Office Depot Inc. has reached an agreement to merge with smaller rival Office Max Inc. in a $2.3 billion transaction, after a slew of recent media reports claimed that the negotiations were ongoing.
The likelihood of the deal, which had been rumored for years, increased after a draft of a press release announcing the news was posted prematurely early in the morning of Feb. 20 on Office Depot's website. Both companies distributed a joint statement at about 9:30 a.m. EST saying that the two retailers had agreed to combine as a means to cut costs and improve financial strength.
A deal between Office Depot and Office Max is expected to bring about store closures, advertising cuts and more streamlined supply chains.
Office Depot will issue 2.69 new shares of common stock for each outstanding common share of OfficeMax. The deal is valued at $1.17 billion, or $13.50 per share as of Feb. 19 closing prices. The offer represents a premium of just under 4 percent to OfficeMax's $13 close.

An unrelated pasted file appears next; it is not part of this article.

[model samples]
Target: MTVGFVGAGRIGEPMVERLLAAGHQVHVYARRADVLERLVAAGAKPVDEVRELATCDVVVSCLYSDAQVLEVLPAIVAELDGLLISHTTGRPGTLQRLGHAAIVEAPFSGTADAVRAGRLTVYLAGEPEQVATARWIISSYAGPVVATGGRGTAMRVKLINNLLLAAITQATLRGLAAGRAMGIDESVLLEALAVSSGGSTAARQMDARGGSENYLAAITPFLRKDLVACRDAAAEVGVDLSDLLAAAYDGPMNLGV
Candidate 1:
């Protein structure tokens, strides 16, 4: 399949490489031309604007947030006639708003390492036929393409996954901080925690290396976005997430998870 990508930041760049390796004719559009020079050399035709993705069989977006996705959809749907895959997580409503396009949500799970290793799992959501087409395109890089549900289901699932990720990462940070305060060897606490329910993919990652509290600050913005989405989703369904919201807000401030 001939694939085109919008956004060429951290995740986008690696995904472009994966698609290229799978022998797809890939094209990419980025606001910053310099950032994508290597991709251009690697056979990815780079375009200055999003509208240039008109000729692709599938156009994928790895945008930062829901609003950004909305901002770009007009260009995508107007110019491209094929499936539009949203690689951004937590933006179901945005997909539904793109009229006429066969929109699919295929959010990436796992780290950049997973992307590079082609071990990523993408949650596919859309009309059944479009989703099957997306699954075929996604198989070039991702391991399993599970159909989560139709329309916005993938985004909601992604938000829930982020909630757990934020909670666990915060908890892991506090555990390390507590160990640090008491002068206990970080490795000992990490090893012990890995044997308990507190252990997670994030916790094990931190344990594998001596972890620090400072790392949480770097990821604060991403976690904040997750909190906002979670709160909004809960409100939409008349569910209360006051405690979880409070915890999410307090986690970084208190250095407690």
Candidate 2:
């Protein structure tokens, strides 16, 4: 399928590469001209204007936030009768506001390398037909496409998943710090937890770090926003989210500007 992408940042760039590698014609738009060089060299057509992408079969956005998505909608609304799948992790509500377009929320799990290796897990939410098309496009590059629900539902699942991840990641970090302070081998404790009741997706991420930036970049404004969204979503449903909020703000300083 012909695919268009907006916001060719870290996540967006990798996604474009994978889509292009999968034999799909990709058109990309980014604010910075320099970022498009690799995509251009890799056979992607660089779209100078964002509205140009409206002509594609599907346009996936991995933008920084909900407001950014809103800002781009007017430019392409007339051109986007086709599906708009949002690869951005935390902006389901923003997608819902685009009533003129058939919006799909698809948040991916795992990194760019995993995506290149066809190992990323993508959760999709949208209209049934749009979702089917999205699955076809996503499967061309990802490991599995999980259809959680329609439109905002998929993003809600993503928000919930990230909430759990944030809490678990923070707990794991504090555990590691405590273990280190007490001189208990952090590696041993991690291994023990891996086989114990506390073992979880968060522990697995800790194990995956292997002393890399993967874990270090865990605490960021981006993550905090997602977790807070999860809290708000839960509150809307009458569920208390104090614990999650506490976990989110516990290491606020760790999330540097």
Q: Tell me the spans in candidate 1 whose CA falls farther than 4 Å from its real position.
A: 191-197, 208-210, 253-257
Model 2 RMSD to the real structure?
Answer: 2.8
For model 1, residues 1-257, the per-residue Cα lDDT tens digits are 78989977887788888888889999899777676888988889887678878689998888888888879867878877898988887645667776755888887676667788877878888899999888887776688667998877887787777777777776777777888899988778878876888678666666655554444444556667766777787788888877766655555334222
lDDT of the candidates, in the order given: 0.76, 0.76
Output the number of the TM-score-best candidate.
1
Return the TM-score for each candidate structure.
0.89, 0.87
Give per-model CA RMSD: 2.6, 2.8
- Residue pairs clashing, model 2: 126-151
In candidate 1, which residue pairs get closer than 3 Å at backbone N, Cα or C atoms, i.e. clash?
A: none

The deal is expected to close by the end of 2013. Should that take place, Office Depot's board will consist of an equal number of directors chosen by that company and OfficeMax.
Whether or not the deal will spur any action from anti-trust authorities remains to be seen. Paul Denis and James Fishkin of law firm Dechert LLP in Washington D.C. are serving as antitrust legal counsel to OfficeMax, while J. P. Morgan Securities LLC served as exclusive financial adviser. Skadden, Arps Slate Meagher & Flom LLP is also providing legal counsel to OfficeMax. The Skadden team includes partners Margaret Brown, Cliff Gross, Matthew Kipp, Seth Jacobson, David Schwartz, Bruce Goldner and Meryl Chae.
Office Depot tapped investment banks Peter J. Solomon Co. LP and Morgan Stanley & Co. LLC as financial advisers, and Simpson Thacher & Bartlett LLP and Kirkland & Ellis to handle legal matters. The Kirkland team includes Neil Eggleston, Thomas Christopher and Michael Brueck.